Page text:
WASHINGTON — Urinary cytology was found to be “of limited use” in detecting whether pelvic cancer has invaded the bladder, Kelly L. Molpus, M.D., reported at the annual meeting of the Central Association of Obstetricians and Gynecologists.
He and his associates hypothesized that a pelvic tumor that has invaded the bladder might shed malignant cells that could be detected by microscopic examination of the urine, in much the same way that peritoneal “washes” are examined for the microscopic spread of ovarian or other cancers.
In a retrospective study using databases at two medical centers, the researchers reviewed the findings on urine samples collected from 93 women with pelvic cancer (mean age 48 years) who were treated between 1999 and 2004. The samples were collected when the women underwent cystoscopy for staging of their pelvic cancer.
Most of the women had primary cervical cancer. Six had locally extensive endometrial cancer; three each had vulvar, vaginal, or recurrent cervical cancer; one had ovarian cancer; and one had a primary rectal cancer that also involved the vagina, said Dr. Molpus, the McClure L. Smith Professor of Gynecologic Oncology at the University of Nebraska, Omaha.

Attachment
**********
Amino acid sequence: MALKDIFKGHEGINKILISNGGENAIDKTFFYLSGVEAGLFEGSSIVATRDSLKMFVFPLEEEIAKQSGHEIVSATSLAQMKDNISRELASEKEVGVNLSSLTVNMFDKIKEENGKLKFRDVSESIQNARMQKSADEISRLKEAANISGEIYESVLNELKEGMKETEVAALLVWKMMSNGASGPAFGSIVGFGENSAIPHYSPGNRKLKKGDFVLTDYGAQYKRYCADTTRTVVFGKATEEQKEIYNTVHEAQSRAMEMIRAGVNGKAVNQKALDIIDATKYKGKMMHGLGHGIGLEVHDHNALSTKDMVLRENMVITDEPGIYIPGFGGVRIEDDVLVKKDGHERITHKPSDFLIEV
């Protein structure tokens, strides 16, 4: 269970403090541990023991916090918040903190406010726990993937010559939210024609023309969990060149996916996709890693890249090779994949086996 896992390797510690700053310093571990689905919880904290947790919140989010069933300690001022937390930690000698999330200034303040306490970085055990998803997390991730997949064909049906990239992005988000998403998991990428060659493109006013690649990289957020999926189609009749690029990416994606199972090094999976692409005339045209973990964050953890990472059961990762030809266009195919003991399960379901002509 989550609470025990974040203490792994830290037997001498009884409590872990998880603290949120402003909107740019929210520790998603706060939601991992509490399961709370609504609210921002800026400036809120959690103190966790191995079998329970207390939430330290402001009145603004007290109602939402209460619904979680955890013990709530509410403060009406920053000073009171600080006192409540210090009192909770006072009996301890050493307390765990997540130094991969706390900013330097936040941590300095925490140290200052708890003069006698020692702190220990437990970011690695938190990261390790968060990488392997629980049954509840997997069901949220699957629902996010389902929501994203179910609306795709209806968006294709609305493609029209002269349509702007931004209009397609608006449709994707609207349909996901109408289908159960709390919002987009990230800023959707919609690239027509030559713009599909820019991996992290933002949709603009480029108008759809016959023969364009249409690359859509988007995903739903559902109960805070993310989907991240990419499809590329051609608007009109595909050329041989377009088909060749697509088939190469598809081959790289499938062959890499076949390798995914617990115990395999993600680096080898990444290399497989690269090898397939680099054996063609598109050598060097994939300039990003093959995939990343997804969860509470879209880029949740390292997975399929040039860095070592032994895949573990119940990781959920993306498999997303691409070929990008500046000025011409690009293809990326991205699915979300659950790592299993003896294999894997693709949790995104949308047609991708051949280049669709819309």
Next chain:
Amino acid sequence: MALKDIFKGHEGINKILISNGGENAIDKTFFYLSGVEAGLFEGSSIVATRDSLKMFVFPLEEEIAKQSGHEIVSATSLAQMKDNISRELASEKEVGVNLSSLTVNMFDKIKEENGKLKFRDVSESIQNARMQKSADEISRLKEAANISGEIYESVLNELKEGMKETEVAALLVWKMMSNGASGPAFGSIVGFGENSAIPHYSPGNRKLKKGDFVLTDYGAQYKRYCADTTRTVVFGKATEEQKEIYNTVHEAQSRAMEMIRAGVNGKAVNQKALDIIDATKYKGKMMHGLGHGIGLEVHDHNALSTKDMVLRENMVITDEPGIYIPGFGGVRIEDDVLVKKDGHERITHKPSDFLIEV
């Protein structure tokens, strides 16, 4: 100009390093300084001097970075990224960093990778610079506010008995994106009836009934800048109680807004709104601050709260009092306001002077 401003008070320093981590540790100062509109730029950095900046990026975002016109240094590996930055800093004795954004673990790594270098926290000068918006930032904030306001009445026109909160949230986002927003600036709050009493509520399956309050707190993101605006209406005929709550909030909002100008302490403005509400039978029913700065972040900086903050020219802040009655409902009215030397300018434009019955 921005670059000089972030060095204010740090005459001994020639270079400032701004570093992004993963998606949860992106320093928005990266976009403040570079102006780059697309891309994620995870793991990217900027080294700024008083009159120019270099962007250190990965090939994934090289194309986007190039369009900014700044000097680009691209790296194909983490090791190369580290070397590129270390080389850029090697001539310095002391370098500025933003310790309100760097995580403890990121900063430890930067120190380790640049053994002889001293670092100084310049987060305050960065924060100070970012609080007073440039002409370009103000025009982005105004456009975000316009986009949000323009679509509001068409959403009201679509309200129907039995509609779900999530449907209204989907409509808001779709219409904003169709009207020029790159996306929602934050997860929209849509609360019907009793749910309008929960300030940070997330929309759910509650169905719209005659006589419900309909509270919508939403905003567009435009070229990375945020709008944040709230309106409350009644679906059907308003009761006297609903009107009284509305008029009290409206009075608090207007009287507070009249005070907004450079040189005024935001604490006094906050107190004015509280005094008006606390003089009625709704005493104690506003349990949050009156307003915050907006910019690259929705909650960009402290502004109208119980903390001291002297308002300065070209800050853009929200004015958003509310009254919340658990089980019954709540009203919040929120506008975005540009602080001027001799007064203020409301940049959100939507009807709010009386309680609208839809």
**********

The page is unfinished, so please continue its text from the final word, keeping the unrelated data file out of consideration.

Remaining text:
Two-thirds of the samples were classified as normal on urinary cytology. The other one-third showed some abnormality, but these turned out to reflect benign changes such as inflammation or subclinical cystitis in most cases.
Urinary cytology detected malignant cells in only four women (4.3%), all of whom had extensive, locally advanced tumors. It failed to detect bladder invasion in three. In contrast, biopsy confirmed cancerous invasion of the bladder in all seven subjects (7.5%).
Thus, urinary cytology showed only a 57% sensitivity as a screen for detecting bladder invasion. It yielded “no additional information on the extent of disease in any patient with known stage I or II pelvic cancer,” so it was deemed to be “of limited diagnostic value,” Dr. Molpus said.
However, given its 100% specificity and 100% positive predictive value in this study, urinary cytology may be useful in specific situations, such as when bladder biopsy results are inconclusive or biopsy samples are inadequate or unavailable, he said.